vintagebaubles and mags_rags like this.
  13. Dusty Butterfly

    Dusty Butterfly Registered Guest

    Update: I found that the only thing I tried so far that worked on incense is soaking in water/baking soda for long time, like 24-48 hours.

    Also need to contradict myself to say that Febreze does not come right out with vodka, soaking, baking soda, vinegar, direct sun or fresh air, it seems to hide out after I do a treatment making me think it's gone, and then it comes back later. I can't say enough bad things about this product but that's not the point of this post so suffice it to say it's literally sickening, vile stuff & I don't understand why anyone would use it.

    I think the only way to really get rid of the stubborn odors is time and repeated treatments using anything & everything possible, but unfortunately repeated treatments can compromise the piece of clothing.
     
  14. Dusty Butterfly

    Dusty Butterfly Registered Guest

    @northstarvintage Yes I have tried Zero Odor but I find it leaves a bleachy-bathroom-cleaner odor behind. So I'm not sure where the 'Zero' comes in.
     
    northstarvintage likes this.
  15. MaryLC

    MaryLC Registered Guest

    I have a smelly flower girl dress from the 50s in the freezer right now. My husband thinks I'm nuts.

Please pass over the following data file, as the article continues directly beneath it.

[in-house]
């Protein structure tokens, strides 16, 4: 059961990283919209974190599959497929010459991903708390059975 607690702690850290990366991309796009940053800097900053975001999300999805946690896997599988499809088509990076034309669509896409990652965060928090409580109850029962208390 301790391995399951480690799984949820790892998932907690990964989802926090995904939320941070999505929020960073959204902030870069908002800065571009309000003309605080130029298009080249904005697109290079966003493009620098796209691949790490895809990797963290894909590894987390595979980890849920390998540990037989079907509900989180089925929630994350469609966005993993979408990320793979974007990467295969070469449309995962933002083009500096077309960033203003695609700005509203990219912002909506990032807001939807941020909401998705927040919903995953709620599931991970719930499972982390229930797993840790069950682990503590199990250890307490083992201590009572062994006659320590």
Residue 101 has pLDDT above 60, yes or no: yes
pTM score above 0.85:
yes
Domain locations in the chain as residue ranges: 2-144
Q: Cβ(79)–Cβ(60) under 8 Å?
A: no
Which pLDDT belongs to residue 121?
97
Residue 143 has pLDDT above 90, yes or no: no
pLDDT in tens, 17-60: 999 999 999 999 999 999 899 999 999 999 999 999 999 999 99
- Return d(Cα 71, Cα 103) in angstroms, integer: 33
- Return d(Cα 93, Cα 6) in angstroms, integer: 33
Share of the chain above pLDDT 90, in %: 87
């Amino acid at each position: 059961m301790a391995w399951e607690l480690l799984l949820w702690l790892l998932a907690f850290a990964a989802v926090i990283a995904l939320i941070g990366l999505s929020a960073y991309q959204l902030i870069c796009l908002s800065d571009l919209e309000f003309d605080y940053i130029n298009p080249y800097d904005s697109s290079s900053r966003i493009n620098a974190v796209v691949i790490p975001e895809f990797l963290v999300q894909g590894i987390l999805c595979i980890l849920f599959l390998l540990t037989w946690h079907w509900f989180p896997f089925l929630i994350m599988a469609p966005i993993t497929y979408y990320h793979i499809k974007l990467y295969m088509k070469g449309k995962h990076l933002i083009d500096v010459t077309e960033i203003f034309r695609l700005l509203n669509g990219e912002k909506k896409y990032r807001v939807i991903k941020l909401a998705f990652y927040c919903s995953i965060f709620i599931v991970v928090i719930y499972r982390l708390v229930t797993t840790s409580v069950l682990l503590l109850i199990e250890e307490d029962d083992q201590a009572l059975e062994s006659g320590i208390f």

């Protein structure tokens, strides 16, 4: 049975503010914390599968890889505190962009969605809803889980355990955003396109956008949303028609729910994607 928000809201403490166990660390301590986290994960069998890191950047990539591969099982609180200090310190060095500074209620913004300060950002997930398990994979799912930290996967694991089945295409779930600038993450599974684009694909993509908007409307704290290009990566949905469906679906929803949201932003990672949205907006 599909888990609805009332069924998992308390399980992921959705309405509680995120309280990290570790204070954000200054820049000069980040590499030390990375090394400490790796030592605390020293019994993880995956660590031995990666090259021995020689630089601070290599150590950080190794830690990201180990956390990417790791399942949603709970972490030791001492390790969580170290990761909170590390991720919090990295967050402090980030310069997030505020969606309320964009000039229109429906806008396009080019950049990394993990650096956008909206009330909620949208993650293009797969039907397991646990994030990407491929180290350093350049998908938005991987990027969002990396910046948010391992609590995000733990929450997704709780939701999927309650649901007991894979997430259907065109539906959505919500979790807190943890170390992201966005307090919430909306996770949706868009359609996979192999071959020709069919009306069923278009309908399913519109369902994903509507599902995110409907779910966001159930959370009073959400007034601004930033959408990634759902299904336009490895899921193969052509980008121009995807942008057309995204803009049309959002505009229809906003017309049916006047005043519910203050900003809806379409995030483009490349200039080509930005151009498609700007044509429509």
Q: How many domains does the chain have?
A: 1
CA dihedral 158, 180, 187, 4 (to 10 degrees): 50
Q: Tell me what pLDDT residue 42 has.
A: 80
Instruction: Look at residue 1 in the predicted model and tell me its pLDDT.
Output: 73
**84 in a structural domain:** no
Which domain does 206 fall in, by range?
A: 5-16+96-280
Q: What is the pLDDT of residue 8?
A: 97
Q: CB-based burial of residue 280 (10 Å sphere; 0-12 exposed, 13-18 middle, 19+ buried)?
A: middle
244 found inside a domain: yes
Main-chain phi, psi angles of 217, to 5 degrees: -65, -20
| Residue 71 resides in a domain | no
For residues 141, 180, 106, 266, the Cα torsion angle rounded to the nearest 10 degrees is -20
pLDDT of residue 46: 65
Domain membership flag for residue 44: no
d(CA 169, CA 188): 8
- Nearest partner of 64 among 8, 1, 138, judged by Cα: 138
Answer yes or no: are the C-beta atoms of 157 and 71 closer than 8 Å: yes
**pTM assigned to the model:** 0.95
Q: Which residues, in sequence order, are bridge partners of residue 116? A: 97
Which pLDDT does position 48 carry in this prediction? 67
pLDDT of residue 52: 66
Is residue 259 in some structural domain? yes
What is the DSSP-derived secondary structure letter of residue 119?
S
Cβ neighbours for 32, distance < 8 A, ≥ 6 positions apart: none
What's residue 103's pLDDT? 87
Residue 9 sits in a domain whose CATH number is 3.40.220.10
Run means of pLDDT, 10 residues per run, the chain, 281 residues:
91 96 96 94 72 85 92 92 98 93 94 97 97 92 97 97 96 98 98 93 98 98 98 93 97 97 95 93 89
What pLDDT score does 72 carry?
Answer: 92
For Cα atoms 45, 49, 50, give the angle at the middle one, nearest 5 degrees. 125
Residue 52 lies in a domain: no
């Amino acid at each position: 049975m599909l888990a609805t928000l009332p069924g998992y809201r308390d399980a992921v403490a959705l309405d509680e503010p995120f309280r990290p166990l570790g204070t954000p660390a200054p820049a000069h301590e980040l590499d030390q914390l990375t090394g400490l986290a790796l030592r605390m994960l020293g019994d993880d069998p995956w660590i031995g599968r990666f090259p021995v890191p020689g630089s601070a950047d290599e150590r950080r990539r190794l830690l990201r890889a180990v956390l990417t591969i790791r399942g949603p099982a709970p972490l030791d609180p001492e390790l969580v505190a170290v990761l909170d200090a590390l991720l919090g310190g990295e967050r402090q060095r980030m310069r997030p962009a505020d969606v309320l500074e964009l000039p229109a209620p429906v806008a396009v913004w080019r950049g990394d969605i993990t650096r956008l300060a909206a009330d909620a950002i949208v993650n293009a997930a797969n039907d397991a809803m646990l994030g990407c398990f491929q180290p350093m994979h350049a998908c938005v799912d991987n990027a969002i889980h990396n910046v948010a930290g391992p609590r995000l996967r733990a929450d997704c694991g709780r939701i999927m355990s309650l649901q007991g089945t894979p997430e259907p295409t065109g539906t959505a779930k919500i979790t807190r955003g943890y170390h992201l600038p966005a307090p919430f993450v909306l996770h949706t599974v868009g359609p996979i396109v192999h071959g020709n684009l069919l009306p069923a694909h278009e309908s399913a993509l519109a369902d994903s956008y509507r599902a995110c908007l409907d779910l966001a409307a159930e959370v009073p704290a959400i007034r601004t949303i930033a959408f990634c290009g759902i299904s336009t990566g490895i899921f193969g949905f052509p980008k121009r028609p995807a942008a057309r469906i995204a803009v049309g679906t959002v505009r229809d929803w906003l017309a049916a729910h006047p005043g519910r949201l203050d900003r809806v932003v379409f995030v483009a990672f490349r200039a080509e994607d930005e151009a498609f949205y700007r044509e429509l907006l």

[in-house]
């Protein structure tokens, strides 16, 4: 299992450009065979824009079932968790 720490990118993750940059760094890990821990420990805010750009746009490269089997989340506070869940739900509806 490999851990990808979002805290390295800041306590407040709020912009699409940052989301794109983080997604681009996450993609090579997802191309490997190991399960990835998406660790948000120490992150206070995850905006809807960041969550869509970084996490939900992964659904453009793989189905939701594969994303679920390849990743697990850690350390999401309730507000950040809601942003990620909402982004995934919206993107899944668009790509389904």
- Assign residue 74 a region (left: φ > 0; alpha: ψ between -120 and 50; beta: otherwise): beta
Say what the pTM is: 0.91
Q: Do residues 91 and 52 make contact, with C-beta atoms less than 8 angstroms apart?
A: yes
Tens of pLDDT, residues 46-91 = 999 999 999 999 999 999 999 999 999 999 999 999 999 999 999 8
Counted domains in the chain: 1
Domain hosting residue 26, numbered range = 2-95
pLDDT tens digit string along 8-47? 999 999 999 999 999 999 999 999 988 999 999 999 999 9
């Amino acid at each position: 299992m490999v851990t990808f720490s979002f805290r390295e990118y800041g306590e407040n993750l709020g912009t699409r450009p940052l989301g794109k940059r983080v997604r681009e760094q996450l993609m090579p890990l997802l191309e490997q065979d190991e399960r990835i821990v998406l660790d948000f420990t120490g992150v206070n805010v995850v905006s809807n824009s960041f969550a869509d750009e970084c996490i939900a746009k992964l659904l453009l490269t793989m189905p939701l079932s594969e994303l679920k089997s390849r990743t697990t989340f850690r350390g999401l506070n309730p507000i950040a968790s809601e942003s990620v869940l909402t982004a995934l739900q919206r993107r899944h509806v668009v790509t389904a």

16. northstarvintage

    northstarvintage Administrator Staff Member

    Oof - sorry about that residual odor! I've never noticed it or had any complaints about it. Maybe because I spray it when the item is in sunlight? In any case, good luck! Please post if you find something that works.
     
  17. vintagebaubles

    vintagebaubles Trade Member

    I've never tried kitty litter on anything except handbags that have smelled musty or of cigarette smoke, but it works beautifully. I think if you put a dress in a mesh laundry bag (to keep too much litter from getting on it), then put that in a bag of kitty litter, it might work for most odors.
     
  18. The Vintage Stylist

    The Vintage Stylist Trade Member

    Cheap vodka - has worked for me every single time. I see it was mentioned above.
     

Share This Page